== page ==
A real beast

Discussion in 'Classic Manual Cameras' started by rod_larson, Jul 30, 2011.

  1. I was at an estate sale today and noticed what looked like a Polaroid sitting on a table. Out of curiousity
    I opened it up and was suprised to see a Rodenstock lens mounted in a Prontor SVS shutter. Normally I
    would not even think of having a Polaroid but this thing was only four dollars so why not. When I got
    home I did a little searching and discovered the Polaroid Pathfinder 110A was made between 1950 and
    1954 and was a very high quality camera.
    Everything seems to be working on it. All of the shutter speeds are good and the bellows is still tight. It has
    some interesting quirks. The shutter release is a metal bar located near the lens and it is mounted such
    that it is easy to operate with your right thumb when in the portrait position but very akward when using
    the camera in the landscape position. There is also a little switch that locks the aperture control to the
    shutter speed dial so you can keep a constant EV when changing shutter speeds.
    All in all it is a handsome camera but for now it is totally useless so just sit back and enjoy some banal
    camera porn.
    Searching the internet revealed modifications so it can be used with film formats other than Polaroid's
    so maybe someday.......
  2. Nice!! For $4 it was a steal!!
  3. This camera and the 110B, the pack models 180 and 195 garner some serious coin. What is happening is photog's are using the film from Holland for the pack models, converting the rollfilm 110 series to: pack film/ 4x5 cut film, 2x3 rollholder for 120 roll film.
  4. All in all it is a handsome camera but for now it is totally useless so just sit back and enjoy some banal camera porn.​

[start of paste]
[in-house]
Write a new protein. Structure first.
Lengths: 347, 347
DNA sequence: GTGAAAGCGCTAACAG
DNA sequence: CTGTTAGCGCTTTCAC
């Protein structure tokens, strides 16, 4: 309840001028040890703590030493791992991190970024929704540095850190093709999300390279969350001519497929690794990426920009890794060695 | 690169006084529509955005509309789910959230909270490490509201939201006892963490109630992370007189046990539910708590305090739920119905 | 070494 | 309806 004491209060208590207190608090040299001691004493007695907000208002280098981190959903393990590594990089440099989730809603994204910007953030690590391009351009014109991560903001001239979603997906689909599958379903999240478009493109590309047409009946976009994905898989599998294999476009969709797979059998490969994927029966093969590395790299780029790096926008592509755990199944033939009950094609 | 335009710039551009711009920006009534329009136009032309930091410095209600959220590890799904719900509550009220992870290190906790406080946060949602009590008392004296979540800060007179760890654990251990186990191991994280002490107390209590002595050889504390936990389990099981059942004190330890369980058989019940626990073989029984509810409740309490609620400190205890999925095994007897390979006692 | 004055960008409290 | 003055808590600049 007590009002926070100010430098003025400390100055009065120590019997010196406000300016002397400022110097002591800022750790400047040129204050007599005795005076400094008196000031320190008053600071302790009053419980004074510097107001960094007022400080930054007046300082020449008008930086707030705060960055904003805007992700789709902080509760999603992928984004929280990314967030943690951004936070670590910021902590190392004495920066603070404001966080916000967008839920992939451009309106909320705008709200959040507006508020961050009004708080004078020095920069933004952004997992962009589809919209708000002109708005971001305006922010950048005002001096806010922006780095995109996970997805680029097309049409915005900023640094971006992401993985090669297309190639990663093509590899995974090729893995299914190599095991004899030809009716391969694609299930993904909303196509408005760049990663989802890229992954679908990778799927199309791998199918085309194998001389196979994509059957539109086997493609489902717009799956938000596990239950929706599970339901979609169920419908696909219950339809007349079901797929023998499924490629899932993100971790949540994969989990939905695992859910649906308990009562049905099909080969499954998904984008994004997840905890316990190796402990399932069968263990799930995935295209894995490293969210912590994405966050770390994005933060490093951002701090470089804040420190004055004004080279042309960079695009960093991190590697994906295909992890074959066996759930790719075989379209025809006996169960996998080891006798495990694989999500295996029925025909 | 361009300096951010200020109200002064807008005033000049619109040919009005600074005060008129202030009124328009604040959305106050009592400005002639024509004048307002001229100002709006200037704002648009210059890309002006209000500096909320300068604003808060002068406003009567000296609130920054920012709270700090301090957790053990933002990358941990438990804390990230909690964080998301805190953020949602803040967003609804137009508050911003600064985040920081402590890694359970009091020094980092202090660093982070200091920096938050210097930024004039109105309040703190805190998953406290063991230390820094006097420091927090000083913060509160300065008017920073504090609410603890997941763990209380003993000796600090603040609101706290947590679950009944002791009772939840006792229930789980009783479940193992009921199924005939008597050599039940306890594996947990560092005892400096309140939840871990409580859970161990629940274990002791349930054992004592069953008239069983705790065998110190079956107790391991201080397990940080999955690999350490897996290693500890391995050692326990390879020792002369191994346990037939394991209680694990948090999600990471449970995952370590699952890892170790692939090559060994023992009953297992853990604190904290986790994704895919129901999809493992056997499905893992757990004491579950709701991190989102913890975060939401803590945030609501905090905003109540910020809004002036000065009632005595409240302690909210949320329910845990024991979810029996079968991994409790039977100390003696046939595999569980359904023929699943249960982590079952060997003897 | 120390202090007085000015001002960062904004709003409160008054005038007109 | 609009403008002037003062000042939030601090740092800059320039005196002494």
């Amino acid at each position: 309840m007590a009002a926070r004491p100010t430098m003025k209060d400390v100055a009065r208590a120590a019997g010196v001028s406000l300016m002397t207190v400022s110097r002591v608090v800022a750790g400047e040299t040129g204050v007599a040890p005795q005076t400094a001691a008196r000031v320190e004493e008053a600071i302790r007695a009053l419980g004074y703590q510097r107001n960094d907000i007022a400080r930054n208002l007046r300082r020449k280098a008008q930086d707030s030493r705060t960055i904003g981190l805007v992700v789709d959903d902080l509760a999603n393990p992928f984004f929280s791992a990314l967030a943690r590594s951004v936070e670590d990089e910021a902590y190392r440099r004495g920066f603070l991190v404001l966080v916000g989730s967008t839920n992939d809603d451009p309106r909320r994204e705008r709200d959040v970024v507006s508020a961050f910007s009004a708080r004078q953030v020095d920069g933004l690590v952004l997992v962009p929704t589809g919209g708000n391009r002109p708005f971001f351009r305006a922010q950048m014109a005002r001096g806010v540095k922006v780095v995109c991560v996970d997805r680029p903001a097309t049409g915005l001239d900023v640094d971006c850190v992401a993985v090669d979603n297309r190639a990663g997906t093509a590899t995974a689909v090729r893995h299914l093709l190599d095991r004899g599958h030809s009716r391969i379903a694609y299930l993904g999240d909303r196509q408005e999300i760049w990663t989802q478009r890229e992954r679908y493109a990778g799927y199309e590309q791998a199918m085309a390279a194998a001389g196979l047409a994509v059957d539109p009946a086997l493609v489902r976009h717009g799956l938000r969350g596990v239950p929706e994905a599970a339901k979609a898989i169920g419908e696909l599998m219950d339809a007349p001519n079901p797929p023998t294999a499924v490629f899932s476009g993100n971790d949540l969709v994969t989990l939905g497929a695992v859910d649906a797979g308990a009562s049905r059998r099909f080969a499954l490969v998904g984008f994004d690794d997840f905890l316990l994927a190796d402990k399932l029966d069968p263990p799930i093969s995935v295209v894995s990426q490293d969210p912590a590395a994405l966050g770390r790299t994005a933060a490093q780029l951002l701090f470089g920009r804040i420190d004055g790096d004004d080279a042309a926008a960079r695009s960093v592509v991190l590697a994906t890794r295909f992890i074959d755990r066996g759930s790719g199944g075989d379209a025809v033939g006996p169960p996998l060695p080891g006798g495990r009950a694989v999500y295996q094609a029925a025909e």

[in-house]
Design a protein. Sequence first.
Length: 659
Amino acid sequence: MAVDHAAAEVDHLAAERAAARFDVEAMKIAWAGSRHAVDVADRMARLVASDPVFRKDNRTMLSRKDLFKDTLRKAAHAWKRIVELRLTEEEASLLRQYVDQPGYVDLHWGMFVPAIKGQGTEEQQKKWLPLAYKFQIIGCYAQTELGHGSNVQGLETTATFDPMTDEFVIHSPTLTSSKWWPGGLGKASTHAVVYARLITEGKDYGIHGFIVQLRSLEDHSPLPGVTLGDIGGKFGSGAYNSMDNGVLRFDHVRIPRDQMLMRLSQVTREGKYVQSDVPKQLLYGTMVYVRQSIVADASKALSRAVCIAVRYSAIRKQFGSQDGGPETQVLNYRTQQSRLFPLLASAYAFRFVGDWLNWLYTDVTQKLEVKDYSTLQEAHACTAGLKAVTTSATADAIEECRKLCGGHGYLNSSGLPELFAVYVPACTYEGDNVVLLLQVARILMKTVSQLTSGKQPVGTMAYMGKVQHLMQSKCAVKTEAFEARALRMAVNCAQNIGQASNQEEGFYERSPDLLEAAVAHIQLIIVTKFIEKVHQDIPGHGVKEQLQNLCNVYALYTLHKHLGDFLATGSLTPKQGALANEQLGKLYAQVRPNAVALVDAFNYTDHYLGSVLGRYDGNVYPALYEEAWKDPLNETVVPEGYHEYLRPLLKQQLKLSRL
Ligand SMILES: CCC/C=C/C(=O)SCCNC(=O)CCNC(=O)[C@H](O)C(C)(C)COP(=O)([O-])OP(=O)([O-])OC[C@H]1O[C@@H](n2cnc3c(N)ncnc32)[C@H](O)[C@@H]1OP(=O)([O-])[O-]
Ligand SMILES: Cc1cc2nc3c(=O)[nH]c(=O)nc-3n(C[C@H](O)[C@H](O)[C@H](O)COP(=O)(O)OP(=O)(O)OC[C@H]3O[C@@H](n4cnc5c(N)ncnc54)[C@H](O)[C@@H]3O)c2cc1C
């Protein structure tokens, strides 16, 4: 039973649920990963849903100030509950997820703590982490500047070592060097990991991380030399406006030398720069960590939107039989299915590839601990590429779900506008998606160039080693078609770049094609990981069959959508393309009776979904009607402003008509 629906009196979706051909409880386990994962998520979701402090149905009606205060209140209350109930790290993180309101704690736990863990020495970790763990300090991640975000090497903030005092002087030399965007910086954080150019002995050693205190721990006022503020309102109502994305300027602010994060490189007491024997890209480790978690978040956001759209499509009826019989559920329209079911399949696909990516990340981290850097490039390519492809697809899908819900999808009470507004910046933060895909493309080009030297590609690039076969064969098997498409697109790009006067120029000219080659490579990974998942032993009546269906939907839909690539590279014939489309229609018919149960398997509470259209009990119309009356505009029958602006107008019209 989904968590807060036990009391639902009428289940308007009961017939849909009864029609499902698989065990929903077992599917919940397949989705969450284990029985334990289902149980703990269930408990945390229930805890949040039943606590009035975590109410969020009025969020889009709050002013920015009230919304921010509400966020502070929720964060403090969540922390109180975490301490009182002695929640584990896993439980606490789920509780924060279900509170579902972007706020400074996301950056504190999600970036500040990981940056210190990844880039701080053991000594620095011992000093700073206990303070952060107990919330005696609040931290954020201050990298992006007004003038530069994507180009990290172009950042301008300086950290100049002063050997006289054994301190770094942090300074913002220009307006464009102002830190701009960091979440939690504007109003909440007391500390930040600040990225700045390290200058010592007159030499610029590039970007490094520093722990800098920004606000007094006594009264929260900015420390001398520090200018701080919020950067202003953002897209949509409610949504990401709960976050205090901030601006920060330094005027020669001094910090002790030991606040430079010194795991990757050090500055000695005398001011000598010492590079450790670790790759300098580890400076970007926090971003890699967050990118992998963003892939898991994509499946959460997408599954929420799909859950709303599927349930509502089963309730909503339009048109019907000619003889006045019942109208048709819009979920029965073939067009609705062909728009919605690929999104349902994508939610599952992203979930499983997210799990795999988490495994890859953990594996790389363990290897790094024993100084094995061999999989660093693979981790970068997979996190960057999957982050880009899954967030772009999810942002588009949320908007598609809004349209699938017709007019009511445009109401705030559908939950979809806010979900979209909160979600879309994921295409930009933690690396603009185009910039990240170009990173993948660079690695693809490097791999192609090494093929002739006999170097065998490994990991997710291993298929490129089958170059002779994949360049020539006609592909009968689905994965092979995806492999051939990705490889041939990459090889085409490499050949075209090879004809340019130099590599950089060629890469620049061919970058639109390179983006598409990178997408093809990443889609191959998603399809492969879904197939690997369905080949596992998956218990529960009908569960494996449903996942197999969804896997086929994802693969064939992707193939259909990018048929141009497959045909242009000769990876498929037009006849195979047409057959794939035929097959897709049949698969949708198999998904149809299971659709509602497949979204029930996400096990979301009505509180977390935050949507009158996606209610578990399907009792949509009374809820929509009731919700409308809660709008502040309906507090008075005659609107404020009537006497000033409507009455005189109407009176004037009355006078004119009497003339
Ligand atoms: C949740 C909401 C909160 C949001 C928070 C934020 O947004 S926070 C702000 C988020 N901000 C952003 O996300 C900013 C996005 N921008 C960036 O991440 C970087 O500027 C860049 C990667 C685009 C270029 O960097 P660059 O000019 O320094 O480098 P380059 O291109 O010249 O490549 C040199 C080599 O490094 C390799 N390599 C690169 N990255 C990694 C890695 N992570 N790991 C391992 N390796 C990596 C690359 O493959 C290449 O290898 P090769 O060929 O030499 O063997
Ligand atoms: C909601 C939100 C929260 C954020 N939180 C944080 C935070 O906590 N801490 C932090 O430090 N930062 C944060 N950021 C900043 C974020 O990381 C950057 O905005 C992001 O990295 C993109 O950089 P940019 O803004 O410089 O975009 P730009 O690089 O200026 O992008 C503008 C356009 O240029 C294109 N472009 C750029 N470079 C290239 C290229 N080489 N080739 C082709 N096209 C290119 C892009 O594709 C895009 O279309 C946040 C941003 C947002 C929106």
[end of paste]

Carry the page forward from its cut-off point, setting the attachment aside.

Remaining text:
Not at all useless. Convert it to 120 roll film or 5x4 sheet film.
  5. What paul said. These cameras are far from useless and can bring some serious money. Converters are always looking for these cameras. As a matter of fact, I just converted an 800 (similar in size to yours but with a much more rudimentary lens) with a packfilm back.
    Mike : D
  6. Like the old Konica ad for the Konica II(maybe others) used to say, "The lens alone is worth the price". I have used this lens on 4x5 and it's as sharp as anything. Nothing comes close for the money and I buy them when I find them cheap enough. Nice find by the way. Johnw
  7. It's not totally useless. I used to use a model 150 which isn't as nice but take the same film as the 110a. What I did was to carry a box of 4x5 film. An empty box to put the film in afterward. A changing bag. Put the camera in the changing bag and put a sheet of 4x5 film in there and close the back. The 4x5 sheet would fit well at the film gate and the resulting image is about 1/2" smaller than the 4x5 each side. Works nicely.
  8. Yeah, try the 4x5 first. Even on my old 150 I can lay a piece of sheet film (in darkness) across it and make a photo. With that lens you should get some first class results. If you don't have any 4x5 film, a box of expired Plus-X, Tri-X, or Ilford HP5+ or FP4+ is usually inexpensive on various auction sites.
  9. $4, huh?
    Sell it for $100-200 and buy yourself a snazzy Holga ( just kidding)
    Great find, Rod!
  10. It is a great find and if there's a will there's a way to use this thing! Go for it!"
  11. The 4x5 and changing bag really appeals to me. Nice way to get some photos without having
    to do a pretty serious conversion and everything would still be original. It would really make
    you think about the photo you are going to take. I would also have to start thinking about
    setting up a darkroom to develope the negatives. Ooooooh nooooooooo, its starting to happen
    again!!!!!!!!!!!!!!will I be able to get help before its too late?????????????
  12. I have a 110a and it's a nice bit of kit - the 4x5 idea works well and is dead cheap to try.
  13. Wow! Four bucks?!? I should be so lucky!
    Useless? As others have pointed out...not by a long shot.

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